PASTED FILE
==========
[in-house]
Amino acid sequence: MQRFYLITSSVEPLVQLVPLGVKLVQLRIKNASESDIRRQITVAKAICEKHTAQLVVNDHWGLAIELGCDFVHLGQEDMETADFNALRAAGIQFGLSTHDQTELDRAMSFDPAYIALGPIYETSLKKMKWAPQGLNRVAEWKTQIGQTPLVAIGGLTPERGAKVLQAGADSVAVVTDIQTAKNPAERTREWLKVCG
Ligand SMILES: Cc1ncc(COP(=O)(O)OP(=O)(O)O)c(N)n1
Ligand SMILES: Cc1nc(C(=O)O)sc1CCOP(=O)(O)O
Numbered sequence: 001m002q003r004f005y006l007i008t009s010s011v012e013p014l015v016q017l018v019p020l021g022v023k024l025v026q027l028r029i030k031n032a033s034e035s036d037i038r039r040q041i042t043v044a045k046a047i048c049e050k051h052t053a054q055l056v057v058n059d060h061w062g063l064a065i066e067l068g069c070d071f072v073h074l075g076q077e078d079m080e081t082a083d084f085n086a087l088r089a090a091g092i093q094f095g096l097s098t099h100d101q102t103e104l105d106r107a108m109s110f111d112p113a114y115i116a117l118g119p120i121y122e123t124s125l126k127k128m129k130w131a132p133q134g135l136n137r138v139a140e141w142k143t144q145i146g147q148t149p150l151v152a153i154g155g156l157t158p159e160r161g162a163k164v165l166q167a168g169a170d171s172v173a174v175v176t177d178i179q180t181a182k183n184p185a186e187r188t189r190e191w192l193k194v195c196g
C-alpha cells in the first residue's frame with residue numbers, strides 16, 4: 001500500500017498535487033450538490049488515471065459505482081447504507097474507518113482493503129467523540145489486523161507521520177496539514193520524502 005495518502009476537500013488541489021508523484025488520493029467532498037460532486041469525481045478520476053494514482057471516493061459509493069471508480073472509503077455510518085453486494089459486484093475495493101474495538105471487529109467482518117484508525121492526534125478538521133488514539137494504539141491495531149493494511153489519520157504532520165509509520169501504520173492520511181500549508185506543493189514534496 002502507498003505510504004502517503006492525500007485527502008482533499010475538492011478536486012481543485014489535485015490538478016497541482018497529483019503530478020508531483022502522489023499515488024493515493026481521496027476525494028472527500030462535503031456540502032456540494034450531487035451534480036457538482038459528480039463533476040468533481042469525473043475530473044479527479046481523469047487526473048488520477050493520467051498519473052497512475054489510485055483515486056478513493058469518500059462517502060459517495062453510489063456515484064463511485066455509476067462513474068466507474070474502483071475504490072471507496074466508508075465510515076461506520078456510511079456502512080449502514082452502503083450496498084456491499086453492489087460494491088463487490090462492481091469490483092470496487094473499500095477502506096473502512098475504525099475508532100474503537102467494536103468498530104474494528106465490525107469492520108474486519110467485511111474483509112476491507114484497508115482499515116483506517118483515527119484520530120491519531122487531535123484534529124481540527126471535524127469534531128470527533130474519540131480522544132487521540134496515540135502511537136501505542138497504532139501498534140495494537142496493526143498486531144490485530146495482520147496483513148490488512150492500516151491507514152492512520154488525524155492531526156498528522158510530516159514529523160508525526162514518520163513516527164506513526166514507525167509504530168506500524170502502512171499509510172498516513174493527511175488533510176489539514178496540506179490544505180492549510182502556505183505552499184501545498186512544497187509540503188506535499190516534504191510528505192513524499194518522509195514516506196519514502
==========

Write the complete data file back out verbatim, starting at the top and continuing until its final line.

[in-house]
Amino acid sequence: MQRFYLITSSVEPLVQLVPLGVKLVQLRIKNASESDIRRQITVAKAICEKHTAQLVVNDHWGLAIELGCDFVHLGQEDMETADFNALRAAGIQFGLSTHDQTELDRAMSFDPAYIALGPIYETSLKKMKWAPQGLNRVAEWKTQIGQTPLVAIGGLTPERGAKVLQAGADSVAVVTDIQTAKNPAERTREWLKVCG
Ligand SMILES: Cc1ncc(COP(=O)(O)OP(=O)(O)O)c(N)n1
Ligand SMILES: Cc1nc(C(=O)O)sc1CCOP(=O)(O)O
Numbered sequence: 001m002q003r004f005y006l007i008t009s010s011v012e013p014l015v016q017l018v019p020l021g022v023k024l025v026q027l028r029i030k031n032a033s034e035s036d037i038r039r040q041i042t043v044a045k046a047i048c049e050k051h052t053a054q055l056v057v058n059d060h061w062g063l064a065i066e067l068g069c070d071f072v073h074l075g076q077e078d079m080e081t082a083d084f085n086a087l088r089a090a091g092i093q094f095g096l097s098t099h100d101q102t103e104l105d106r107a108m109s110f111d112p113a114y115i116a117l118g119p120i121y122e123t124s125l126k127k128m129k130w131a132p133q134g135l136n137r138v139a140e141w142k143t144q145i146g147q148t149p150l151v152a153i154g155g156l157t158p159e160r161g162a163k164v165l166q167a168g169a170d171s172v173a174v175v176t177d178i179q180t181a182k183n184p185a186e187r188t189r190e191w192l193k194v195c196g
C-alpha cells in the first residue's frame with residue numbers, strides 16, 4: 001500500500017498535487033450538490049488515471065459505482081447504507097474507518113482493503129467523540145489486523161507521520177496539514193520524502 005495518502009476537500013488541489021508523484025488520493029467532498037460532486041469525481045478520476053494514482057471516493061459509493069471508480073472509503077455510518085453486494089459486484093475495493101474495538105471487529109467482518117484508525121492526534125478538521133488514539137494504539141491495531149493494511153489519520157504532520165509509520169501504520173492520511181500549508185506543493189514534496 002502507498003505510504004502517503006492525500007485527502008482533499010475538492011478536486012481543485014489535485015490538478016497541482018497529483019503530478020508531483022502522489023499515488024493515493026481521496027476525494028472527500030462535503031456540502032456540494034450531487035451534480036457538482038459528480039463533476040468533481042469525473043475530473044479527479046481523469047487526473048488520477050493520467051498519473052497512475054489510485055483515486056478513493058469518500059462517502060459517495062453510489063456515484064463511485066455509476067462513474068466507474070474502483071475504490072471507496074466508508075465510515076461506520078456510511079456502512080449502514082452502503083450496498084456491499086453492489087460494491088463487490090462492481091469490483092470496487094473499500095477502506096473502512098475504525099475508532100474503537102467494536103468498530104474494528106465490525107469492520108474486519110467485511111474483509112476491507114484497508115482499515116483506517118483515527119484520530120491519531122487531535123484534529124481540527126471535524127469534531128470527533130474519540131480522544132487521540134496515540135502511537136501505542138497504532139501498534140495494537142496493526143498486531144490485530146495482520147496483513148490488512150492500516151491507514152492512520154488525524155492531526156498528522158510530516159514529523160508525526162514518520163513516527164506513526166514507525167509504530168506500524170502502512171499509510172498516513174493527511175488533510176489539514178496540506179490544505180492549510182502556505183505552499184501545498186512544497187509540503188506535499190516534504191510528505192513524499194518522509195514516506196519514502